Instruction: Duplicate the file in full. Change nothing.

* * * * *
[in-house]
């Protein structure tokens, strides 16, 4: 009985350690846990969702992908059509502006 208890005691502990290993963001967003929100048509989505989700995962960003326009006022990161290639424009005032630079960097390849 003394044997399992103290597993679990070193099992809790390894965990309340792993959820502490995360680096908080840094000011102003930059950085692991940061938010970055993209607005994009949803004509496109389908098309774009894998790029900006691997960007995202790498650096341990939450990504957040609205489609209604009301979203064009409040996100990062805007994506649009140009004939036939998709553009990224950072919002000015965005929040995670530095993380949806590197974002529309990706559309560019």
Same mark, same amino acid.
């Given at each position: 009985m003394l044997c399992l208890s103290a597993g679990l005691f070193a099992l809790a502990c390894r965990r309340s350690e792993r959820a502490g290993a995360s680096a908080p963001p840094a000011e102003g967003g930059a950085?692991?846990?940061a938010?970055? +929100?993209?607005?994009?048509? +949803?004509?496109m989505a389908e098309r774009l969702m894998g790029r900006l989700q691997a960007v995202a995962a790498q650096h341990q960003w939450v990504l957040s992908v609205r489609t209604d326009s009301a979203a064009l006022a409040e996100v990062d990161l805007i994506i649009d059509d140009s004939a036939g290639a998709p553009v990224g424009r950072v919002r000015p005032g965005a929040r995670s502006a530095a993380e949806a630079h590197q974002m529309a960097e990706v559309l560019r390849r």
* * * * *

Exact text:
[in-house]
């Protein structure tokens, strides 16, 4: 009985350690846990969702992908059509502006 208890005691502990290993963001967003929100048509989505989700995962960003326009006022990161290639424009005032630079960097390849 003394044997399992103290597993679990070193099992809790390894965990309340792993959820502490995360680096908080840094000011102003930059950085692991940061938010970055993209607005994009949803004509496109389908098309774009894998790029900006691997960007995202790498650096341990939450990504957040609205489609209604009301979203064009409040996100990062805007994506649009140009004939036939998709553009990224950072919002000015965005929040995670530095993380949806590197974002529309990706559309560019």
Same mark, same amino acid.
């Given at each position: 009985m003394l044997c399992l208890s103290a597993g679990l005691f070193a099992l809790a502990c390894r965990r309340s350690e792993r959820a502490g290993a995360s680096a908080p963001p840094a000011e102003g967003g930059a950085?692991?846990?940061a938010?970055? +929100?993209?607005?994009?048509? +949803?004509?496109m989505a389908e098309r774009l969702m894998g790029r900006l989700q691997a960007v995202a995962a790498q650096h341990q960003w939450v990504l957040s992908v609205r489609t209604d326009s009301a979203a064009l006022a409040e996100v990062d990161l805007i994506i649009d059509d140009s004939a036939g290639a998709p553009v990224g424009r950072v919002r000015p005032g965005a929040r995670s502006a530095a993380e949806a630079h590197q974002m529309a960097e990706v559309l560019r390849r």